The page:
Photo: Christopher Duggan
When I took my seat in the Lyric Theatre to watch ETM: Double Down, I knew exactly what I was in for – incredible tap dance technique, with lightning speed and precision. I’d been to the New York Tap Festival on several occasions, taking class and watching performances with some of the biggest names in the tap dance community, so I was excited to re-live the experience in Hong Kong, on home turf. The theater was packed and I wondered if other audience members knew exactly what it was they were coming to see. Of course, there were the usual tap enthusiasts from around the region (Hong Kong, Taiwan, and Japan), whom I have met and worked with over the years, but where did all these other people come from?
As the title of the work subtly suggests (ETM – Electro Tap Music: Double Down – double the amount of sound boards as used in the original version of the show), the whole evening was centered around the dancers and musicians composing a soundscape with the use of programmed wooden sound boards, created and developed by Nicholas Van Young. In the opening number, the boards were brought on by the dancers and using single sounds, they created a melody line that was clean and precise, with tone and color. Even the way the boards were brought on was an intrinsic part of the choreography - no stage crew required! Several platforms were constructed upstage, with the musicians (keyboard, double bass, and drums) and dancers working closely together, blurring the roles of musician and dancer.
More than Tap Dance
The production consisted of a series of solos, duets, and ensemble pieces, giving every performer (singer, dancer, musician) their moment to show their individual style. An unusual element was the introduction of a b-girl into this tightly woven group, but as Michelle Dorrance explained in the Meet-the-Artist session, both dance techniques were developed on the streets, using rhythm and improvisation, so why not fuse the two. I thought it worked extremely well and I was stunned by the proximity of both dancers (Dorrance and Ephrat “Bounce” Asherie), while maintaining excellent technique and control. Electronic looping devices were used by the bass player and the vocalist, filling the auditorium with a sound that was harmonious and full, yet created by one individual in one moment of time. Several different styles were demonstrated, including a lyrical waltz, a lively Latin beat, a soft-shoe shuffle (tap without tap shoes) and a soulful blues. There were numerous occasions when a group of dancers would take on the role of chorus upstage and I particularly liked the excellent use of light and shade (different tones) in these moments, complimenting or contrasting with the soloist who was working downstage. While everyone worked as individuals, maintaining their own identity and style, they also came together as a company with a camaraderie and synchronization that can only be attained through years of training and creating together. For one of the final pieces of the show, the sound boards were put closely together to resemble a piano keyboard and the dancers moved up and down, sometimes frenetic, sometimes slow and controlled, to produce a piano concerto – rather like in the movie BIG, but much more sophisticated! However, the highlight for me was the beautiful duet between Caleb Teicher and Byron Tittle, while the vocalist (Aaron Marcellus) sang. Everyone in the audience could identify with the tenderness, passion, and heartache of first love.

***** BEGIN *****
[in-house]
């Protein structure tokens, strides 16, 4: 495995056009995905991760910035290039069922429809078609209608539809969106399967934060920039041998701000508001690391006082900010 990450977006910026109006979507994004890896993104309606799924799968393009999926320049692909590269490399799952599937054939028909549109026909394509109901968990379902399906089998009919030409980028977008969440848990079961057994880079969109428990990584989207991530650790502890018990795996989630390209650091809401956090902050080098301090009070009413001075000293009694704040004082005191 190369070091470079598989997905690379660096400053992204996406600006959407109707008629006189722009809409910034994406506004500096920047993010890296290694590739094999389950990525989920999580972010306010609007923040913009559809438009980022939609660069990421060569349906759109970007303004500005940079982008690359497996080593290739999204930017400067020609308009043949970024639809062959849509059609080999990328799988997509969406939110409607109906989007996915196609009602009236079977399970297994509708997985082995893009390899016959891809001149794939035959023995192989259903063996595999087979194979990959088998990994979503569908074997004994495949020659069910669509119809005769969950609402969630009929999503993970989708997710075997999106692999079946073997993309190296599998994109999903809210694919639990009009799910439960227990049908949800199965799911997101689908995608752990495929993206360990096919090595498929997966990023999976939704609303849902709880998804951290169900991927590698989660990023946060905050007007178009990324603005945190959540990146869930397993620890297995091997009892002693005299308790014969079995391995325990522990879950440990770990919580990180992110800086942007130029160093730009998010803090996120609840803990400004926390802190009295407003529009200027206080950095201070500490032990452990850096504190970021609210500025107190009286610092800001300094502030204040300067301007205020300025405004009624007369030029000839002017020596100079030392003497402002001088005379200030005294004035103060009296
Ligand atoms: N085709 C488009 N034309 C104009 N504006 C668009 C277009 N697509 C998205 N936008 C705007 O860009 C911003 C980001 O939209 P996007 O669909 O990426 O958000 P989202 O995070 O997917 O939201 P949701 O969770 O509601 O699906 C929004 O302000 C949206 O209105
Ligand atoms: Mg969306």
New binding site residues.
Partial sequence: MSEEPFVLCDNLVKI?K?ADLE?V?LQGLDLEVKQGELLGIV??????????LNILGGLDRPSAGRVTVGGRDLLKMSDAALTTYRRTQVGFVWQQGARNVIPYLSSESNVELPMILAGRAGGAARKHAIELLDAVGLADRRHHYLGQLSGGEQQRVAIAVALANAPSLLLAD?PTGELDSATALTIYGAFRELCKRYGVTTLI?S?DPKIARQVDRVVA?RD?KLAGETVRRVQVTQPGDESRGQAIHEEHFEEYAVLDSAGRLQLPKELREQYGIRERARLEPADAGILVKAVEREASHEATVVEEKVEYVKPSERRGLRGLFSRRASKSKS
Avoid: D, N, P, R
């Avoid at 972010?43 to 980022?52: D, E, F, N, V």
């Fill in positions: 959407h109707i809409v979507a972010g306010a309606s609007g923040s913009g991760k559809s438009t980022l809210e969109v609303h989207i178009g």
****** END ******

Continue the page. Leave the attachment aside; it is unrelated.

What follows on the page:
Photo: Christopher Duggan
The technical difficulties of taking a work like this on the road cannot be overlooked and I must commend Christopher Marc (Production Manager/Sound Engineer) for the excellent sound balance and technical support. So much could go wrong with a production based on electronic support, but this show was flawless.
From a personal conversation, I knew that one of the performers was not keen on being referred to as a ‘Tapper’, yet this is a term that I am delighted to embrace, giving me a sense of belonging to a specific dance style. However, after watching this show, I understand. These performers were so much more than articulate, accomplished tap dancers, they were dancers, musicians, percussionists, improvisers, collaborators, choreographers, actors… skilled artists. I take my hat off to them all, for taking my favorite dance genre and moving it forward into the 21st century with technology and creativity, while still paying homage to the great masters of tap.
originally from the UK, has been teaching tap dance in Hong Kong for over 35 years. She has attended tap festivals in New York, Taiwan, and Hong Kong and is currently Honorary Advisor for the Hong Kong Tap Festival, produced by R&T (Rhythm & Tempo).
ETM: Double Down
Choreographer: Michelle Dorrance, Nicholas Van Young
Performance: 24 Feb 2017 20:00 Lyric Theatre, HKAPA